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I'm struggling with my culture - I grew up Polish in America. DNA test.

OP AlexandriaM3009 1 | 11    
12 Sep 2018  #31
Okay if people wanna discuss anything other then what the TOPIC is about make YOUR own THREAD. I don't want racism or any negativity if there was a block button trust me I'll be using it right now
Ziemowit 12 | 3,127    
12 Sep 2018  #32
Some of the extremists that you were warned about earlier are posting on here now.

I don't want racism or any negativity

And you have been warned against it, so just ignore posters which you don't like.

Genetics is complicated science, so it is natural that some people want to simplify it and make money out of it. As has been shown, talking about "British" DNA is silly in itself as the British population is composed of many waves of migrations. Basically, there are Celtic people, there are Anglo-Saxon people, and there are descendants of the Viking people there. The old waves of migrations may have perhaps been more homogenous than the present ones. Let's take the Czech people, for example. Even if they consider themselves Slavic, genetics reveal that the population is onle half-"Slavic", that is gene R1a is present in half of them, but the rest are Celto-Germanic (even the once commonly used name for the country "Bohemia" is of Celtic origin). So how can you detect "Czech DNA" in people, for example?
Atch 17 | 2,594    
12 Sep 2018  #33
If you're mum was Polish,you can identify as Polish.

Her mother isn't Polish. One set of her mother's great grandparents were Polish so it's hardly surprising that the OP doesn't have that much 'Polish' DNA although as we've discussed, that in itself is a bit meaningless. I think we just have to accept that it's an American thing, this need to figure out your European origins.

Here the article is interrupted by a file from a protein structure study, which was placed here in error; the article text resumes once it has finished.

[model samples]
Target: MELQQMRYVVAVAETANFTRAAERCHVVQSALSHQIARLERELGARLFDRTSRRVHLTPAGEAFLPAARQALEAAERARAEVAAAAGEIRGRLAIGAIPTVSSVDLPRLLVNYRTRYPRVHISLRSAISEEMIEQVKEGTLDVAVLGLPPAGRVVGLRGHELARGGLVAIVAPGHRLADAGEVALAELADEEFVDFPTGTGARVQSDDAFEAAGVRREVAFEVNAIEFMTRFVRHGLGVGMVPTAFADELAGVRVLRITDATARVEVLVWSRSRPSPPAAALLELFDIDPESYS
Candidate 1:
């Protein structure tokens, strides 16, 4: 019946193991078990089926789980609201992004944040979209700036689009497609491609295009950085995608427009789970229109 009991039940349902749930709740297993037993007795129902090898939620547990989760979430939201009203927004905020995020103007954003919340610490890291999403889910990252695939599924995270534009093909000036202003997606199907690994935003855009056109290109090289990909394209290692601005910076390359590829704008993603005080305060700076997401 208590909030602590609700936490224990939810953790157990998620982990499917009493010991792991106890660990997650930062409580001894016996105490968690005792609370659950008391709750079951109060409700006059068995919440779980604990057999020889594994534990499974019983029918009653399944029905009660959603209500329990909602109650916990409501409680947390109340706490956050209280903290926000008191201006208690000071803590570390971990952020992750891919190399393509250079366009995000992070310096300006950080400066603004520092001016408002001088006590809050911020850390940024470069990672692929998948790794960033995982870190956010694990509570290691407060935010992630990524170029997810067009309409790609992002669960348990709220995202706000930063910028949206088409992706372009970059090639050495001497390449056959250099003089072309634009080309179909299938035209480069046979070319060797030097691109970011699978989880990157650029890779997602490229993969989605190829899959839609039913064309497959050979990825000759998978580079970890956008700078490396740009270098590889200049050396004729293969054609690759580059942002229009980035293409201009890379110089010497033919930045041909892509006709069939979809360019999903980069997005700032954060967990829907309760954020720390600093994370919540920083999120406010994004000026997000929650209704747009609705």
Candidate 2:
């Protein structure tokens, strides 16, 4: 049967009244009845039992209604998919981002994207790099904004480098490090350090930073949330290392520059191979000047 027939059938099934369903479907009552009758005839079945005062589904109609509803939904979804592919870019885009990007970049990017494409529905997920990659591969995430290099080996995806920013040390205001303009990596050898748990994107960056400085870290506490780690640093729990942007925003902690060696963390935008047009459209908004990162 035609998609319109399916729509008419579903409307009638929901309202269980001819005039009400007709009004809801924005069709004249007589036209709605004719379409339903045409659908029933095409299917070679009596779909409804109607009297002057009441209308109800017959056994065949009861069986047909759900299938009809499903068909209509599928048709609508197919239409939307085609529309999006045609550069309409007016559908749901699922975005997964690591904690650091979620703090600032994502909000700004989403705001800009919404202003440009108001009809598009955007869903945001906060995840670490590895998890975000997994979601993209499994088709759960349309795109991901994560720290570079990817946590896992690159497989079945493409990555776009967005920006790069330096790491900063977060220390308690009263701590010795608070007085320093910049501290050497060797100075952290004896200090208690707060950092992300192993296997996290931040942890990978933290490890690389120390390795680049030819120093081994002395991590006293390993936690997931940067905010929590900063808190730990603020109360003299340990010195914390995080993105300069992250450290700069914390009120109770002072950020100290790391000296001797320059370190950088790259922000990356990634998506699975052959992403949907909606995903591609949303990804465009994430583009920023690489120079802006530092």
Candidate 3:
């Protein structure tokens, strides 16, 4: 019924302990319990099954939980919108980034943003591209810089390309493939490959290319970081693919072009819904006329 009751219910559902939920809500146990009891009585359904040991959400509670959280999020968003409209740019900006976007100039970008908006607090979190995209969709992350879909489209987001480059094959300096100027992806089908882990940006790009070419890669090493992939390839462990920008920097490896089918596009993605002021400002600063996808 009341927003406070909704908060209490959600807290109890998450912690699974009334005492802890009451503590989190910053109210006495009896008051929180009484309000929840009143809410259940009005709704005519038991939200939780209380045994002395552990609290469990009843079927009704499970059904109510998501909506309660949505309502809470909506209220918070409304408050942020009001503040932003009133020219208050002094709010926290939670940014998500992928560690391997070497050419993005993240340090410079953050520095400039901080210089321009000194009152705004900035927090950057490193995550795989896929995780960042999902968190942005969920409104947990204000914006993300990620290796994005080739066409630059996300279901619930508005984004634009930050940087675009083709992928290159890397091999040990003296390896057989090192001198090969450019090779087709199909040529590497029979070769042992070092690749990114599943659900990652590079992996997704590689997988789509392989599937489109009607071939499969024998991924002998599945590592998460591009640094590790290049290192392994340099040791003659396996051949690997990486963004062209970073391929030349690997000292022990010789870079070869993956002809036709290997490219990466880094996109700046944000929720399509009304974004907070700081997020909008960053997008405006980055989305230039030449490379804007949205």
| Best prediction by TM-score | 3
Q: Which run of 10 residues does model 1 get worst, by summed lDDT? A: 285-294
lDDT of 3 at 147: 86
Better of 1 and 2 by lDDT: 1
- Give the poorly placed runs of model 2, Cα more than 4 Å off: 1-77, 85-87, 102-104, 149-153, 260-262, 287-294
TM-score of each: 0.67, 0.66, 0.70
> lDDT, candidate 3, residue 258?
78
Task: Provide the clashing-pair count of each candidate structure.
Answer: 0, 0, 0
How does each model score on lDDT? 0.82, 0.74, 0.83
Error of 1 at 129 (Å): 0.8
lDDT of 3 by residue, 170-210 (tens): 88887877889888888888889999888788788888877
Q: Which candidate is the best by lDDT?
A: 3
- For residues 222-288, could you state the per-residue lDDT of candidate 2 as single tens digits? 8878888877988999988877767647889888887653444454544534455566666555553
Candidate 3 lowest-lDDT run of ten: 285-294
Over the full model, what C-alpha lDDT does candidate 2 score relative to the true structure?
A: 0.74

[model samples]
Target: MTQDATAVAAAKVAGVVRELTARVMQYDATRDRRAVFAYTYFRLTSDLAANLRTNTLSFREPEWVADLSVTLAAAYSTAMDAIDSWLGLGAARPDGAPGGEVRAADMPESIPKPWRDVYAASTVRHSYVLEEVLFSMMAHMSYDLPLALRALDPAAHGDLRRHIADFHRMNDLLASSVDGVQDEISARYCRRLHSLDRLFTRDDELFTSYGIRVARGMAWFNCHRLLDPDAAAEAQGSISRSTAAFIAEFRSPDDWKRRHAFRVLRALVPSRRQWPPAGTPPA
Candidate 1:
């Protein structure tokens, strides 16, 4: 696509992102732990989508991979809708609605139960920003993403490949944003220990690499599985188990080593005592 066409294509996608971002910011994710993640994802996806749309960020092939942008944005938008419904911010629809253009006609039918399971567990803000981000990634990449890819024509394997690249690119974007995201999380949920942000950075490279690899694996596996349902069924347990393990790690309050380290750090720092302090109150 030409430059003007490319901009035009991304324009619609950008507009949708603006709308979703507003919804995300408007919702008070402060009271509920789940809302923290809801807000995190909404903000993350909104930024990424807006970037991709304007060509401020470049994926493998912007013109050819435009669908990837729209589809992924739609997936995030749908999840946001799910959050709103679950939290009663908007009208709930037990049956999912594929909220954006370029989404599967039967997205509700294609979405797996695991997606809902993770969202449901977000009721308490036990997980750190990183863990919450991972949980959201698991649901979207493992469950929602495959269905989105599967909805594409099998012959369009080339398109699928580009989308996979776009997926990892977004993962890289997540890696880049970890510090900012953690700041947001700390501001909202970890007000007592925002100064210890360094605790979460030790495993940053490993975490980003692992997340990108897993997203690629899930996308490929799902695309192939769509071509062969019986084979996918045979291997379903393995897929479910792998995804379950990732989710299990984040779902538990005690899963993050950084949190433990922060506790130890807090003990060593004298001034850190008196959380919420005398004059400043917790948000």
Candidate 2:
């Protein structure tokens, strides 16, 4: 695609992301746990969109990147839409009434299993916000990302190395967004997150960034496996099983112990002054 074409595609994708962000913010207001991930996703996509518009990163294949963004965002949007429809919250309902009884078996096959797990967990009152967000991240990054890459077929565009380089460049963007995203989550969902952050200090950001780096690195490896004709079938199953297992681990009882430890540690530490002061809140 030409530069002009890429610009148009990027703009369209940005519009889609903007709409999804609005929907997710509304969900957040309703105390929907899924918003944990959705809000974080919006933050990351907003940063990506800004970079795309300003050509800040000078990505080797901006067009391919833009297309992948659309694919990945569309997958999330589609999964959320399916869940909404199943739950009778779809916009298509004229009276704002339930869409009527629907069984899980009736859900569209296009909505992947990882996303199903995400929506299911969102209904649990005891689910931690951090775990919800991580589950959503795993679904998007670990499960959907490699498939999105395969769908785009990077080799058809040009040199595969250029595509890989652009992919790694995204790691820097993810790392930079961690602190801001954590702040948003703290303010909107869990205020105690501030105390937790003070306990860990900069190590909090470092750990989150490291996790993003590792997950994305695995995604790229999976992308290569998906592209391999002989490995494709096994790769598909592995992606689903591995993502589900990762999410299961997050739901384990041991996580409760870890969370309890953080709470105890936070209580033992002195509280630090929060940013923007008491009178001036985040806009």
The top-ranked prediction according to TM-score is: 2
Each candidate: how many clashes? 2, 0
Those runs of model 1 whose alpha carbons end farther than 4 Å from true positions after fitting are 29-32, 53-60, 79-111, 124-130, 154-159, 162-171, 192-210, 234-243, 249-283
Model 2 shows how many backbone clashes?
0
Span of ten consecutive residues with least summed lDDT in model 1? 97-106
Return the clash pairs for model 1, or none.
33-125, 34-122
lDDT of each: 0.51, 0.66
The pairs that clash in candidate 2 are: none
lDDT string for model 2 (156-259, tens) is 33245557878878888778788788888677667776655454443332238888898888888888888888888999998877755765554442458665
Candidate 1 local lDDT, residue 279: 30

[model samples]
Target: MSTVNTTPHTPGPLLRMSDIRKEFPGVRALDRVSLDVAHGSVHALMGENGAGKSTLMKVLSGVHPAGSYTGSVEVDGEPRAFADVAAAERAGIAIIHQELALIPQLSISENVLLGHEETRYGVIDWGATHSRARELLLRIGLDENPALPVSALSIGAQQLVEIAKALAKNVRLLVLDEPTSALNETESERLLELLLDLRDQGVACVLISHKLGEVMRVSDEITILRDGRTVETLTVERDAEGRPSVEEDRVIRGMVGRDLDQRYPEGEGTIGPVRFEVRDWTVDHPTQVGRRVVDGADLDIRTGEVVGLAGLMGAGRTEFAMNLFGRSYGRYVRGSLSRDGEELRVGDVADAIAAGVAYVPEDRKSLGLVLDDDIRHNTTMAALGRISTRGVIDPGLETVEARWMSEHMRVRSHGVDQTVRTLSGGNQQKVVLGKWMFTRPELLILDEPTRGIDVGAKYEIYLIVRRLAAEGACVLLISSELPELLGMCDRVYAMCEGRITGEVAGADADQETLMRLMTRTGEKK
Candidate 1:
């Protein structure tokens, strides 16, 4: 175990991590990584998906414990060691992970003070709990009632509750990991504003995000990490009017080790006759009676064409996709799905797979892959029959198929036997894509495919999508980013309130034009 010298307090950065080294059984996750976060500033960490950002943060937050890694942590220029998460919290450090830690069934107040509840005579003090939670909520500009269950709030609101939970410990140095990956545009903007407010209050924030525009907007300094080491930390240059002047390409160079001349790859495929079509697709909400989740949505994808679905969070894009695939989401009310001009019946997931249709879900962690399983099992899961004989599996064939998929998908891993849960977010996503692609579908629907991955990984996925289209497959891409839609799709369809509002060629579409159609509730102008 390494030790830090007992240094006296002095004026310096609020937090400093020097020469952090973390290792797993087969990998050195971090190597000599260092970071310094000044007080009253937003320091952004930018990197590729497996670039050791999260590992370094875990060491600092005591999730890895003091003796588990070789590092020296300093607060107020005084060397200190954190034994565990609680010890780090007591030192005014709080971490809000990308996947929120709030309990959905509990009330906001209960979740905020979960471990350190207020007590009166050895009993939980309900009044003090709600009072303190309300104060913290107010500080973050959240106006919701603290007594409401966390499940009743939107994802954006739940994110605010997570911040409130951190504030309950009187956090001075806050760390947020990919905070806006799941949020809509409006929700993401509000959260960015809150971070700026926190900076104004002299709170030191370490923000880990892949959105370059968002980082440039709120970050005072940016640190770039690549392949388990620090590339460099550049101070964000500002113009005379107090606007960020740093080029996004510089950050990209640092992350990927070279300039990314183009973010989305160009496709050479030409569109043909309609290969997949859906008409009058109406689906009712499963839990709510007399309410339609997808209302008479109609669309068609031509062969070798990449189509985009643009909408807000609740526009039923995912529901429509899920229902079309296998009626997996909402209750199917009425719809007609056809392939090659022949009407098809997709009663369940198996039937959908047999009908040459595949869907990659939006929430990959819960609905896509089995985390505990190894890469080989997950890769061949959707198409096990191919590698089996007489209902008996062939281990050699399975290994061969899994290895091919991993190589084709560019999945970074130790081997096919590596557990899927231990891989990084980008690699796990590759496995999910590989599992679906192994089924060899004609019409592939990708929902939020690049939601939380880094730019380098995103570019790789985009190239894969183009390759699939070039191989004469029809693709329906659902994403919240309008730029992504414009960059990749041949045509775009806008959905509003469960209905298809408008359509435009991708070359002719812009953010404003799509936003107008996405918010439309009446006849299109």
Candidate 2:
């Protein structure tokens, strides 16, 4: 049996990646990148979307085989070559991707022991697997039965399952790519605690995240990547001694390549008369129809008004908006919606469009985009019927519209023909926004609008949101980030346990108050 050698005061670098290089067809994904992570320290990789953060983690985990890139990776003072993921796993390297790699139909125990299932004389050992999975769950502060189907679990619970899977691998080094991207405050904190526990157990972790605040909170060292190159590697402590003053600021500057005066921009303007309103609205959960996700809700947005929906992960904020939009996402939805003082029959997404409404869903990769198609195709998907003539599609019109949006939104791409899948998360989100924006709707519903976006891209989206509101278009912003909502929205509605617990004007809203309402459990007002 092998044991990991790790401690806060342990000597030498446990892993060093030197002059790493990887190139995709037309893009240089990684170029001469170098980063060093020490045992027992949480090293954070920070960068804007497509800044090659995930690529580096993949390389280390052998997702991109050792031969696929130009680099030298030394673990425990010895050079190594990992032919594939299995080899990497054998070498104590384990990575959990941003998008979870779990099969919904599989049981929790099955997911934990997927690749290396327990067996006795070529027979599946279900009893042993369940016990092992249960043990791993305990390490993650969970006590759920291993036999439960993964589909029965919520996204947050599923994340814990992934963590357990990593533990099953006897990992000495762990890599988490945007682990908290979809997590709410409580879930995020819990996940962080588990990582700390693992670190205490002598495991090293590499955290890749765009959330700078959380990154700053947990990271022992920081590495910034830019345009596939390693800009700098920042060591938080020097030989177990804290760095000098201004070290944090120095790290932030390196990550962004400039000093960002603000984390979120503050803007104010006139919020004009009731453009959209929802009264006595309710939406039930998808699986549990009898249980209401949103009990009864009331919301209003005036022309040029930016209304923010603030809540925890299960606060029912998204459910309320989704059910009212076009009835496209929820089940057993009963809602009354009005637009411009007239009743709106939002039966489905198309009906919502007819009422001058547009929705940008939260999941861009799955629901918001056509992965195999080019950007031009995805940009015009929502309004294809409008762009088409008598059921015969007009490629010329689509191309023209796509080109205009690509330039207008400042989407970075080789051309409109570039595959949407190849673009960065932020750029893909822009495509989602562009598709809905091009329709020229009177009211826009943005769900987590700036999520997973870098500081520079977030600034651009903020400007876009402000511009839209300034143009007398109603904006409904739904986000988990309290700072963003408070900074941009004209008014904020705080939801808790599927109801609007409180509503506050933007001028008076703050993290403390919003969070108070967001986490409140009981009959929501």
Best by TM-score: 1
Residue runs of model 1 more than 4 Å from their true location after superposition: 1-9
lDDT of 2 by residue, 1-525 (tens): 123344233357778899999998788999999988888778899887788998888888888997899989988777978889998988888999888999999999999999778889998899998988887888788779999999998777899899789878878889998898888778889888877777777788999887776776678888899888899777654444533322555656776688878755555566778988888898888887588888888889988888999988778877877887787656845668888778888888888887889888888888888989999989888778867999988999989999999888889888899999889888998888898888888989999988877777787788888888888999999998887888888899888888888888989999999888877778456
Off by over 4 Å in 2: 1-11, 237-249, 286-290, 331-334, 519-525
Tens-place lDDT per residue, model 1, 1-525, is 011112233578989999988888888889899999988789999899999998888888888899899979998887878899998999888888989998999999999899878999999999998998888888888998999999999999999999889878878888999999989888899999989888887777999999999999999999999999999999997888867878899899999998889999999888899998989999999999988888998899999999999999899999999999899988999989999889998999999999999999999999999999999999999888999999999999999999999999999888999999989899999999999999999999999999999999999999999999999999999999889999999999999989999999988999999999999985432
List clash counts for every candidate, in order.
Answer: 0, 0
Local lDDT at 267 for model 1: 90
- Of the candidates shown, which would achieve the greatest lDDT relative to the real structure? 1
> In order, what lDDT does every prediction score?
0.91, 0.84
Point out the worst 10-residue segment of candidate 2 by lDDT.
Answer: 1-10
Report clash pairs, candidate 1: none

there are Celtic people

That theory is a bit discredited nowadays as well Ziem. Apparently it seems that being a Celt was more of a cultural thing than a genetic thing.

Some research they did on the DNA of the English,Scots, Welsh and Northern Ireland at Oxford University a couple of years ago turned up the following:

"Although people from Cornwall have a Celtic heritage, genetically they are much, much more similar to the people elsewhere in England than they are to the Welsh for example," said Prof Donnelly.

"People in South Wales are also quite different genetically to people in north Wales, who are both different in turn to the Scots. We did not find a single genetic group corresponding to the Celtic traditions in the western fringes of Britain.
Miloslaw 6 | 1,071    
12 Sep 2018  #34
Her mother isn't Polish. One set of her mother's great grandparents were Polish

Sorry,I misread it.That is very little Polish then.........My parents were both Polish and my wifes were both Irish and my kids do identify as Anglo/Polish/Irish :-)
3 Dec 2018  #35
You only inherit 50% your mother's dna and 50% of your father's dna so there is always a mix and skipping of generations in dna samples.

When testing shows odd and unexpected percentages from around Europe you have to consider migrations from 1000 years ago which are only recorded in legends

For an example, when Troy defeated Sparta, one legend is Spartans left by boat and travelled north to Scandinavia. If you look at the history of Viking Burgundians, they inhabited an island in the Baltic sea, settled and migrated down the Vistula, eventually settling in Burgundy. Genetic testing also found ancient central Europeans settled in current Scotland and brought agriculture. Ancient migrations abd invasions result in dna shared with far flung enthnic groups.
Bratwurst Boy 5 | 9,660    
3 Dec 2018  #36
A Pole with 38 percent "western European" is so german! :)

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